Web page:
Linear Programming 1: Maximization -Extreme/Corner Points

Linear Programming 1: Maximization -Extreme/Corner Points

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Welcome to the first video in this Linear
Programming series. In this video, we will graphically solve a
basic maximization linear programming problem using the extreme or corner point approach.
What we have here is a linear programming or LP model.
The X and Y in this model are referred to as Decision Variables.
They tell us what quantity to buy, produce, sell, or transport, and so on.
The “2X + 5Y” here is referred to as the objective function which we want to maximize.
In linear programming, we either maximize or minimize the objective.
The next 2 lines are called constraints. They are restrictions that shape how you attain
the objective. Let’s call them C1 and C2 for reference
purposes. Since we’re dealing with real life objects,
we do not expect them to have negative values. So the last line here tells us that both X
and Y have to be greater or equal to 0. We call them the non-negativity constraints.
To solve this model graphically, we begin by finding points that satisfy the constraint
lines. For the first constraint, when x = 0, y equals
8. And when y = 0, x = 16.
For the second constraint, when x = 0, y equals 15.
And when y = 0, x = 9. Now when drawing the graph, we usually just
stay in the first quadrant here where both X and Y are positive, because of the non-negativity
constraints. So for the first constraint, we have the points
(0, 8) and (16, 0). We join those two points for the constraint
line. We do the same for constraint 2: (0, 15) and
(9, 0) and then draw the constraint line. Since these constraints are less than or equal
to constraints, they will be satisfied in the region below the lines towards the origin.
Therefore, the region satisfying both constraints simultaneously is this one here.
It is called the feasible region. That is, any point in this region is a feasible solution.
In particular, the optimal or the best solution will occur at an extreme point or corner point
of the feasible region. These are the corner points for this feasible
region. Let’s label them 1 to 4. The optimal solution to this Linear Programming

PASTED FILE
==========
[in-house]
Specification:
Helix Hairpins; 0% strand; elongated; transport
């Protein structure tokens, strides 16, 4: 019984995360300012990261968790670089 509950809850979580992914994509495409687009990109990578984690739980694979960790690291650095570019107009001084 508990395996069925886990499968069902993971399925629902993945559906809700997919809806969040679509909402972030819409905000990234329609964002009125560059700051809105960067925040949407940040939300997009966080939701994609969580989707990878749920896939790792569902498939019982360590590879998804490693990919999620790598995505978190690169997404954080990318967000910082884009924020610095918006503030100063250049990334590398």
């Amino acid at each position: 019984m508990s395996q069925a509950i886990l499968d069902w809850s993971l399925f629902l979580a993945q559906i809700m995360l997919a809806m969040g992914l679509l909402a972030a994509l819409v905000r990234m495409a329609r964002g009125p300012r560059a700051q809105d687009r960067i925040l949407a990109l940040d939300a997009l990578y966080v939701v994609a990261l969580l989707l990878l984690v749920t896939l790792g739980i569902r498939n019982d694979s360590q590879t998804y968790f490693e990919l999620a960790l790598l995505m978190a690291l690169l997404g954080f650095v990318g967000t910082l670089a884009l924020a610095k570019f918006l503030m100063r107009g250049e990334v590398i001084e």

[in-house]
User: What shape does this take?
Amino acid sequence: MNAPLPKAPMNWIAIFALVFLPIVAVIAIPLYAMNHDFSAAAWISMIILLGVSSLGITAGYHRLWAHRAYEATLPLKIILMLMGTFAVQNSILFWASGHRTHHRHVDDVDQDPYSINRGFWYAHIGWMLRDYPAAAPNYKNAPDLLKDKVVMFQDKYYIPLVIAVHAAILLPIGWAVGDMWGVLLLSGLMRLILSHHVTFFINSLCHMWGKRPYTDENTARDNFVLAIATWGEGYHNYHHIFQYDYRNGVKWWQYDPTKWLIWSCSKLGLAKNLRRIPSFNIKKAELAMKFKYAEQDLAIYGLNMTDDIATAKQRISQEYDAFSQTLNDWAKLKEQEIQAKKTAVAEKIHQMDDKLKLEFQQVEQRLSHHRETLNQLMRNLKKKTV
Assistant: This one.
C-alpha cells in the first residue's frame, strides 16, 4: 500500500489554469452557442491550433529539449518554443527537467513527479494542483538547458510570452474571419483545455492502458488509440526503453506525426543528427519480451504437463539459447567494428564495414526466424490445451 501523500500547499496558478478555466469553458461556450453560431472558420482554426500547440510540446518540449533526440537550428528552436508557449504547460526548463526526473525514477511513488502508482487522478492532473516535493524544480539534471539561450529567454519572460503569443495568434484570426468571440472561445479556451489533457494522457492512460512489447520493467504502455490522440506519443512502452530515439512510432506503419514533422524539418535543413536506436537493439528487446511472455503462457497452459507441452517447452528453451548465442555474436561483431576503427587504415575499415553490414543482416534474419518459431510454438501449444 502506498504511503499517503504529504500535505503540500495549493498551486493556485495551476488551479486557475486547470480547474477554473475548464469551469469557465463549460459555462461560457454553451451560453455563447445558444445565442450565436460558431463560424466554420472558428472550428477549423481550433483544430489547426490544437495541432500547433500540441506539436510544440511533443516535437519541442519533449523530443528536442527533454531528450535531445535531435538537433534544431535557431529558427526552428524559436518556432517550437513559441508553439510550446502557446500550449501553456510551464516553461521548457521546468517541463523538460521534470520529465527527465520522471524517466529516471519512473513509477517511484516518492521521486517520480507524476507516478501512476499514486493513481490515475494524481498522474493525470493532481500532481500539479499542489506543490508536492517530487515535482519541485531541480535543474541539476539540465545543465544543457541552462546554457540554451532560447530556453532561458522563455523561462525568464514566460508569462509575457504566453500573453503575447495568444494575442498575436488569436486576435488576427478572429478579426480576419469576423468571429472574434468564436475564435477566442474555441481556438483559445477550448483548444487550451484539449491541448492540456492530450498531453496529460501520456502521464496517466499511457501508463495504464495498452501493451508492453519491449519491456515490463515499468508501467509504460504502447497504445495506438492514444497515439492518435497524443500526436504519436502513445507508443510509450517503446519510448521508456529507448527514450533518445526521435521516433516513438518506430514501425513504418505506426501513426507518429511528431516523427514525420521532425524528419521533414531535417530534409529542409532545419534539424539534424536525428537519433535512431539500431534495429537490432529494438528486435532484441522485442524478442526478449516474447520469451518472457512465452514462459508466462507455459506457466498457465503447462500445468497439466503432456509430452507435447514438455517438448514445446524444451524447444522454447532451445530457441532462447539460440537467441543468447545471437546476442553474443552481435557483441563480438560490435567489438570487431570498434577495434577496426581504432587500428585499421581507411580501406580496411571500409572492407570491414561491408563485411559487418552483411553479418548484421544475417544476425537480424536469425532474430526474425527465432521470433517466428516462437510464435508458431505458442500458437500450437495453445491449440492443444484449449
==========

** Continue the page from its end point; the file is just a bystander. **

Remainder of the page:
problem will occur in at least one of them. To decide which one is optimal, we will find
the coordinates of the points, plug them into the objective function and then choose the
best. At corner point 1, the coordinates are clearly
(0, 0). At point 2, (0, 8).
At point 4, (9, 0). Now those are easy to see.
For corner point 3, we can see that the coordinates are (6, 5) by eyeballing. That is, looking
at it very closely. But eyeballing is not usually the best way to go when finding the
intersection of 2 lines, especially when manually drawing the graph.
So let’s see a way to solve the 2 equations simultaneously to determine the actual coordinates.
Here are the lines for the 2 constraints. Now suppose I choose to eliminate X, note
that the coefficient of X here in C2 is 5, then I can simply multiply the first equation
by 5 to give 5X + 10 Y = 80. And then subtract C2 from the new equation.
So 5X cancels 5X. 10Y minus 3Y is 7Y.
And 80 minus 45 gives 35. And on dividing both sides by 7, we have Y
= 5. To now find X, we substitute Y = 5 into any
of these 3 equations. Suppose we choose C1. Then we have X + 2(5)
= 16. That is, X + 10 = 16.
X = 16 -10 And X = 6.
So the X, Y coordinates for extreme point 3 are indeed (6 and 5).
Next we determine the optimal solution point by finding the corner point that gives the
best value of the objective function. The objective function was to maximize 2X + 5Y. As you case see here the objective function
or its value is sometimes represented with Z.
So now, the x-y coordinates at point (1) are (0, 0).
And substituting that in the objective function gives 2(0) + 5(0) which equals 0.
At point (2) we have (0, 8), so the objective function value is 2(0) + 5(8) which equals
40. The coordinates at point 3 are (6, 5), so
Z equals 2(6) + 5(5) which equals 37. And finally at Point (4) with (9, 0), Z = 2(9)+ 5(0) which gives 18. So here we have it. Point (2) provides the
highest value of the objective function. So the optimal solution occurs at point (2) and
it is X = 0, and Y = 8. And The corresponding objective function value
is 40. And that concludes the solution to this LP problem. Thanks for watching.

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